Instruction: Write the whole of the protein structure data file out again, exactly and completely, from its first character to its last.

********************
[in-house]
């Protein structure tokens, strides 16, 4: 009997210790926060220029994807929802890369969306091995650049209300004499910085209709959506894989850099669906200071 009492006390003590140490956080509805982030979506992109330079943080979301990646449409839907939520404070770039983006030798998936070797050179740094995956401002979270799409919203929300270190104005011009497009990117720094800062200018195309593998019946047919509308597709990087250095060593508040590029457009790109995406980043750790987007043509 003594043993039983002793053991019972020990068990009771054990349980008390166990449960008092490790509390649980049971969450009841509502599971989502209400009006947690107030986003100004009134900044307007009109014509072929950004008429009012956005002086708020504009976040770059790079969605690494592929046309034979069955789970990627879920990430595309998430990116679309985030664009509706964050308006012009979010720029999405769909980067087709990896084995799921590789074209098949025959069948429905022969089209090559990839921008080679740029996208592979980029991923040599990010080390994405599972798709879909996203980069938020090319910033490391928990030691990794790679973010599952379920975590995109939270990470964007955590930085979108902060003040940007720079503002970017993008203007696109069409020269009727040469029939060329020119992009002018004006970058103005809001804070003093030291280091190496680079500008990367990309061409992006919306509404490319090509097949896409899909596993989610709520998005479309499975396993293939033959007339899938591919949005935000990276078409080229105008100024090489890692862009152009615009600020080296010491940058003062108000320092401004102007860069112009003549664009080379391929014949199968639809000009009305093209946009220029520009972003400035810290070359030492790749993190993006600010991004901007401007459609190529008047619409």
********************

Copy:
[in-house]
């Protein structure tokens, strides 16, 4: 009997210790926060220029994807929802890369969306091995650049209300004499910085209709959506894989850099669906200071 009492006390003590140490956080509805982030979506992109330079943080979301990646449409839907939520404070770039983006030798998936070797050179740094995956401002979270799409919203929300270190104005011009497009990117720094800062200018195309593998019946047919509308597709990087250095060593508040590029457009790109995406980043750790987007043509 003594043993039983002793053991019972020990068990009771054990349980008390166990449960008092490790509390649980049971969450009841509502599971989502209400009006947690107030986003100004009134900044307007009109014509072929950004008429009012956005002086708020504009976040770059790079969605690494592929046309034979069955789970990627879920990430595309998430990116679309985030664009509706964050308006012009979010720029999405769909980067087709990896084995799921590789074209098949025959069948429905022969089209090559990839921008080679740029996208592979980029991923040599990010080390994405599972798709879909996203980069938020090319910033490391928990030691990794790679973010599952379920975590995109939270990470964007955590930085979108902060003040940007720079503002970017993008203007696109069409020269009727040469029939060329020119992009002018004006970058103005809001804070003093030291280091190496680079500008990367990309061409992006919306509404490319090509097949896409899909596993989610709520998005479309499975396993293939033959007339899938591919949005935000990276078409080229105008100024090489890692862009152009615009600020080296010491940058003062108000320092401004102007860069112009003549664009080379391929014949199968639809000009009305093209946009220029520009972003400035810290070359030492790749993190993006600010991004901007401007459609190529008047619409």